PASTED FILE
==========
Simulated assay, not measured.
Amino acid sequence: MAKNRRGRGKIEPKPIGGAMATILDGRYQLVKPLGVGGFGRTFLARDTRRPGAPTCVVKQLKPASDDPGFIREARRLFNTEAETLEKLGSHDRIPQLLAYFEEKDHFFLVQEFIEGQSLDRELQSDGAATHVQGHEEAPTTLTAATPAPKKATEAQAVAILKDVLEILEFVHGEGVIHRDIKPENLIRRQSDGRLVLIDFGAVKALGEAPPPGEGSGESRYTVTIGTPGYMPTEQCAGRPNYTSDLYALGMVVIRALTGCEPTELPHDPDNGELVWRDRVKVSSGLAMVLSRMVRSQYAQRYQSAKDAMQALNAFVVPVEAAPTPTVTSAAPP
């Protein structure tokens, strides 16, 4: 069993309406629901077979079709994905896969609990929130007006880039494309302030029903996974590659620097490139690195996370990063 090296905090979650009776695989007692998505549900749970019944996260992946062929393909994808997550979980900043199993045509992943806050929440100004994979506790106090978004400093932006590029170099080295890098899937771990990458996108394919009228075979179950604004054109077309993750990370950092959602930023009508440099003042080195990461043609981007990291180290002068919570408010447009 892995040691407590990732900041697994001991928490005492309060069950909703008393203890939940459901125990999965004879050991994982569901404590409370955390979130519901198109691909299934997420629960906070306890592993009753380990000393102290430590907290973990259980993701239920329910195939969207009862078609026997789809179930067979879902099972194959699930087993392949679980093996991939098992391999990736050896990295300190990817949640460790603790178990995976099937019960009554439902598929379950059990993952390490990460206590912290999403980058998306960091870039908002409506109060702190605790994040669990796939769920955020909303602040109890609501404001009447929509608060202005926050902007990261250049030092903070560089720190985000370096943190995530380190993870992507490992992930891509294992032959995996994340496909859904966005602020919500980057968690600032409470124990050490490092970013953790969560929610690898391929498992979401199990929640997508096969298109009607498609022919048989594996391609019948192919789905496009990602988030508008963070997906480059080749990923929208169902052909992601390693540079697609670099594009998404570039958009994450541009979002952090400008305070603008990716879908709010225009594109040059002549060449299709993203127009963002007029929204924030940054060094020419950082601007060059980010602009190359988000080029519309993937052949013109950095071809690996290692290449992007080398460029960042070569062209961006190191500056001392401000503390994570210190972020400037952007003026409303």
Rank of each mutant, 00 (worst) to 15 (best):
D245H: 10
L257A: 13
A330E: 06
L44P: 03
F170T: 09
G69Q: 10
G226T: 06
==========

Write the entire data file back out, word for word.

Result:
Simulated assay, not measured.
Amino acid sequence: MAKNRRGRGKIEPKPIGGAMATILDGRYQLVKPLGVGGFGRTFLARDTRRPGAPTCVVKQLKPASDDPGFIREARRLFNTEAETLEKLGSHDRIPQLLAYFEEKDHFFLVQEFIEGQSLDRELQSDGAATHVQGHEEAPTTLTAATPAPKKATEAQAVAILKDVLEILEFVHGEGVIHRDIKPENLIRRQSDGRLVLIDFGAVKALGEAPPPGEGSGESRYTVTIGTPGYMPTEQCAGRPNYTSDLYALGMVVIRALTGCEPTELPHDPDNGELVWRDRVKVSSGLAMVLSRMVRSQYAQRYQSAKDAMQALNAFVVPVEAAPTPTVTSAAPP
């Protein structure tokens, strides 16, 4: 069993309406629901077979079709994905896969609990929130007006880039494309302030029903996974590659620097490139690195996370990063 090296905090979650009776695989007692998505549900749970019944996260992946062929393909994808997550979980900043199993045509992943806050929440100004994979506790106090978004400093932006590029170099080295890098899937771990990458996108394919009228075979179950604004054109077309993750990370950092959602930023009508440099003042080195990461043609981007990291180290002068919570408010447009 892995040691407590990732900041697994001991928490005492309060069950909703008393203890939940459901125990999965004879050991994982569901404590409370955390979130519901198109691909299934997420629960906070306890592993009753380990000393102290430590907290973990259980993701239920329910195939969207009862078609026997789809179930067979879902099972194959699930087993392949679980093996991939098992391999990736050896990295300190990817949640460790603790178990995976099937019960009554439902598929379950059990993952390490990460206590912290999403980058998306960091870039908002409506109060702190605790994040669990796939769920955020909303602040109890609501404001009447929509608060202005926050902007990261250049030092903070560089720190985000370096943190995530380190993870992507490992992930891509294992032959995996994340496909859904966005602020919500980057968690600032409470124990050490490092970013953790969560929610690898391929498992979401199990929640997508096969298109009607498609022919048989594996391609019948192919789905496009990602988030508008963070997906480059080749990923929208169902052909992601390693540079697609670099594009998404570039958009994450541009979002952090400008305070603008990716879908709010225009594109040059002549060449299709993203127009963002007029929204924030940054060094020419950082601007060059980010602009190359988000080029519309993937052949013109950095071809690996290692290449992007080398460029960042070569062209961006190191500056001392401000503390994570210190972020400037952007003026409303």
Rank of each mutant, 00 (worst) to 15 (best):
D245H: 10
L257A: 13
A330E: 06
L44P: 03
F170T: 09
G69Q: 10
G226T: 06